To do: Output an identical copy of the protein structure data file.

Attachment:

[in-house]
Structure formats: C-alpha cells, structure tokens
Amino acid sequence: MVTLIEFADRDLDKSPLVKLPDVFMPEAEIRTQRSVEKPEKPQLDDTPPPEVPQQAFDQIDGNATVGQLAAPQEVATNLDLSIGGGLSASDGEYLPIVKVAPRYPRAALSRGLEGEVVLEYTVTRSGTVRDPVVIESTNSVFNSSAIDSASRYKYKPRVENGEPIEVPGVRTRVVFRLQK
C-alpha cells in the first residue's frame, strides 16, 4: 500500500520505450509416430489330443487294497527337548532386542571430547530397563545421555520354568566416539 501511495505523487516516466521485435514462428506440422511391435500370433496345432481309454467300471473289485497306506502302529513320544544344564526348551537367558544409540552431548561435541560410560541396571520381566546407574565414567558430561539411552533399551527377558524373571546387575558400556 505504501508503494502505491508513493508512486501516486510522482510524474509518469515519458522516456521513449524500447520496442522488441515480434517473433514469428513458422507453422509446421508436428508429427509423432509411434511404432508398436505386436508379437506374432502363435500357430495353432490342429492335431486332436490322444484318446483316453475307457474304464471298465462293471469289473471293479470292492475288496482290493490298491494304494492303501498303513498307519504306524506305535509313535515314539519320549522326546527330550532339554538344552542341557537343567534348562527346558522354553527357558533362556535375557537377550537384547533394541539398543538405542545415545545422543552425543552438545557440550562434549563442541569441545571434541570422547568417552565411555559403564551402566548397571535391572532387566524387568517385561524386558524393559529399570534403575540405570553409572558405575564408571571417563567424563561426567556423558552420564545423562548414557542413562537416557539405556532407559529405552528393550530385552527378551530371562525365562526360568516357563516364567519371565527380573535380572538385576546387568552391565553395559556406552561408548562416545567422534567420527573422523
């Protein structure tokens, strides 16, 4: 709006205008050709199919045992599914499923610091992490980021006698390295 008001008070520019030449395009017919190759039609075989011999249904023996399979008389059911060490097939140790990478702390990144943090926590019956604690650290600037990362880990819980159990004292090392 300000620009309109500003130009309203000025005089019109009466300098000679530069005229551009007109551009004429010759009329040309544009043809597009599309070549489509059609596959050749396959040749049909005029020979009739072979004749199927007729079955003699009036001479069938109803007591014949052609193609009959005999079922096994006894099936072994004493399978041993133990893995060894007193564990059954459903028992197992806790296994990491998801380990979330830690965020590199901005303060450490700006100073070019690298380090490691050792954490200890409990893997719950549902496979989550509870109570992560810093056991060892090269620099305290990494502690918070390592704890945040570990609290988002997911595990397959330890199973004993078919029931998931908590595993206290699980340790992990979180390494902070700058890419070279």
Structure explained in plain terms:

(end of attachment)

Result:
[in-house]
Structure formats: C-alpha cells, structure tokens
Amino acid sequence: MVTLIEFADRDLDKSPLVKLPDVFMPEAEIRTQRSVEKPEKPQLDDTPPPEVPQQAFDQIDGNATVGQLAAPQEVATNLDLSIGGGLSASDGEYLPIVKVAPRYPRAALSRGLEGEVVLEYTVTRSGTVRDPVVIESTNSVFNSSAIDSASRYKYKPRVENGEPIEVPGVRTRVVFRLQK
C-alpha cells in the first residue's frame, strides 16, 4: 500500500520505450509416430489330443487294497527337548532386542571430547530397563545421555520354568566416539 501511495505523487516516466521485435514462428506440422511391435500370433496345432481309454467300471473289485497306506502302529513320544544344564526348551537367558544409540552431548561435541560410560541396571520381566546407574565414567558430561539411552533399551527377558524373571546387575558400556 505504501508503494502505491508513493508512486501516486510522482510524474509518469515519458522516456521513449524500447520496442522488441515480434517473433514469428513458422507453422509446421508436428508429427509423432509411434511404432508398436505386436508379437506374432502363435500357430495353432490342429492335431486332436490322444484318446483316453475307457474304464471298465462293471469289473471293479470292492475288496482290493490298491494304494492303501498303513498307519504306524506305535509313535515314539519320549522326546527330550532339554538344552542341557537343567534348562527346558522354553527357558533362556535375557537377550537384547533394541539398543538405542545415545545422543552425543552438545557440550562434549563442541569441545571434541570422547568417552565411555559403564551402566548397571535391572532387566524387568517385561524386558524393559529399570534403575540405570553409572558405575564408571571417563567424563561426567556423558552420564545423562548414557542413562537416557539405556532407559529405552528393550530385552527378551530371562525365562526360568516357563516364567519371565527380573535380572538385576546387568552391565553395559556406552561408548562416545567422534567420527573422523
């Protein structure tokens, strides 16, 4: 709006205008050709199919045992599914499923610091992490980021006698390295 008001008070520019030449395009017919190759039609075989011999249904023996399979008389059911060490097939140790990478702390990144943090926590019956604690650290600037990362880990819980159990004292090392 300000620009309109500003130009309203000025005089019109009466300098000679530069005229551009007109551009004429010759009329040309544009043809597009599309070549489509059609596959050749396959040749049909005029020979009739072979004749199927007729079955003699009036001479069938109803007591014949052609193609009959005999079922096994006894099936072994004493399978041993133990893995060894007193564990059954459903028992197992806790296994990491998801380990979330830690965020590199901005303060450490700006100073070019690298380090490691050792954490200890409990893997719950549902496979989550509870109570992560810093056991060892090269620099305290990494502690918070390592704890945040570990609290988002997911595990397959330890199973004993078919029931998931908590595993206290699980340790992990979180390494902070700058890419070279």
Structure explained in plain terms: